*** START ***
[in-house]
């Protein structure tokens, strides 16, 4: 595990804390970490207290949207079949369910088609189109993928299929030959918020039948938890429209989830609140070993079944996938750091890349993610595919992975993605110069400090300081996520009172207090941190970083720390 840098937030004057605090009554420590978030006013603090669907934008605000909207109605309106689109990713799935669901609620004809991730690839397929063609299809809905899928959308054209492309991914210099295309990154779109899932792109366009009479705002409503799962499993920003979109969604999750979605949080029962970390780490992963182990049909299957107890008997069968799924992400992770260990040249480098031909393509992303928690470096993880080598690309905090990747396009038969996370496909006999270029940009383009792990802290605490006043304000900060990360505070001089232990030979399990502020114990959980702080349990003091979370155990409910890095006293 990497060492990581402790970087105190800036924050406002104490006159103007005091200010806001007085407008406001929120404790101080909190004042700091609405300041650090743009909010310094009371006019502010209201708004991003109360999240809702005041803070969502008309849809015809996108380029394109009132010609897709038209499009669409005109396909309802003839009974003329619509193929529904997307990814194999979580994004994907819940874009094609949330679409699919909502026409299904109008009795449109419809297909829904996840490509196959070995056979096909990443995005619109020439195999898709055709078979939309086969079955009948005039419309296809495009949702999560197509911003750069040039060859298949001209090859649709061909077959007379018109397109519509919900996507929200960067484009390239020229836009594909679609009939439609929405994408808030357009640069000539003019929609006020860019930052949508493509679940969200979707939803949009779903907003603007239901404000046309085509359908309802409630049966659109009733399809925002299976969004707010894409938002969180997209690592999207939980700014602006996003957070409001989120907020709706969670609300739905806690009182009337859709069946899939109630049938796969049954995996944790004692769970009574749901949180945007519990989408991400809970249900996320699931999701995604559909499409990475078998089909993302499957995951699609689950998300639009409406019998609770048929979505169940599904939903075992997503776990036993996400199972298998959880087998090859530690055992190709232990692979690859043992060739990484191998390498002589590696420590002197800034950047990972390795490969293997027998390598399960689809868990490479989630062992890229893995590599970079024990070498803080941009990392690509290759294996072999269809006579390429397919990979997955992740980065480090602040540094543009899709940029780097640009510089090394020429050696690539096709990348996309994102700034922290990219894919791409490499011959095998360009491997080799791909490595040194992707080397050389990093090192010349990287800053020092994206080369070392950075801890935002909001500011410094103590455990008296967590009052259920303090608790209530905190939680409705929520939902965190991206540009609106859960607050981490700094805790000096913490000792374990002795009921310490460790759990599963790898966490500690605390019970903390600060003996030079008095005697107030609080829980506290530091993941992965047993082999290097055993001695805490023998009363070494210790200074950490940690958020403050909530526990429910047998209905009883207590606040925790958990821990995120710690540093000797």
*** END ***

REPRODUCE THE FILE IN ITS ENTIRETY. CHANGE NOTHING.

[in-house]
């Protein structure tokens, strides 16, 4: 595990804390970490207290949207079949369910088609189109993928299929030959918020039948938890429209989830609140070993079944996938750091890349993610595919992975993605110069400090300081996520009172207090941190970083720390 840098937030004057605090009554420590978030006013603090669907934008605000909207109605309106689109990713799935669901609620004809991730690839397929063609299809809905899928959308054209492309991914210099295309990154779109899932792109366009009479705002409503799962499993920003979109969604999750979605949080029962970390780490992963182990049909299957107890008997069968799924992400992770260990040249480098031909393509992303928690470096993880080598690309905090990747396009038969996370496909006999270029940009383009792990802290605490006043304000900060990360505070001089232990030979399990502020114990959980702080349990003091979370155990409910890095006293 990497060492990581402790970087105190800036924050406002104490006159103007005091200010806001007085407008406001929120404790101080909190004042700091609405300041650090743009909010310094009371006019502010209201708004991003109360999240809702005041803070969502008309849809015809996108380029394109009132010609897709038209499009669409005109396909309802003839009974003329619509193929529904997307990814194999979580994004994907819940874009094609949330679409699919909502026409299904109008009795449109419809297909829904996840490509196959070995056979096909990443995005619109020439195999898709055709078979939309086969079955009948005039419309296809495009949702999560197509911003750069040039060859298949001209090859649709061909077959007379018109397109519509919900996507929200960067484009390239020229836009594909679609009939439609929405994408808030357009640069000539003019929609006020860019930052949508493509679940969200979707939803949009779903907003603007239901404000046309085509359908309802409630049966659109009733399809925002299976969004707010894409938002969180997209690592999207939980700014602006996003957070409001989120907020709706969670609300739905806690009182009337859709069946899939109630049938796969049954995996944790004692769970009574749901949180945007519990989408991400809970249900996320699931999701995604559909499409990475078998089909993302499957995951699609689950998300639009409406019998609770048929979505169940599904939903075992997503776990036993996400199972298998959880087998090859530690055992190709232990692979690859043992060739990484191998390498002589590696420590002197800034950047990972390795490969293997027998390598399960689809868990490479989630062992890229893995590599970079024990070498803080941009990392690509290759294996072999269809006579390429397919990979997955992740980065480090602040540094543009899709940029780097640009510089090394020429050696690539096709990348996309994102700034922290990219894919791409490499011959095998360009491997080799791909490595040194992707080397050389990093090192010349990287800053020092994206080369070392950075801890935002909001500011410094103590455990008296967590009052259920303090608790209530905190939680409705929520939902965190991206540009609106859960607050981490700094805790000096913490000792374990002795009921310490460790759990599963790898966490500690605390019970903390600060003996030079008095005697107030609080829980506290530091993941992965047993082999290097055993001695805490023998009363070494210790200074950490940690958020403050909530526990429910047998209905009883207590606040925790958990821990995120710690540093000797």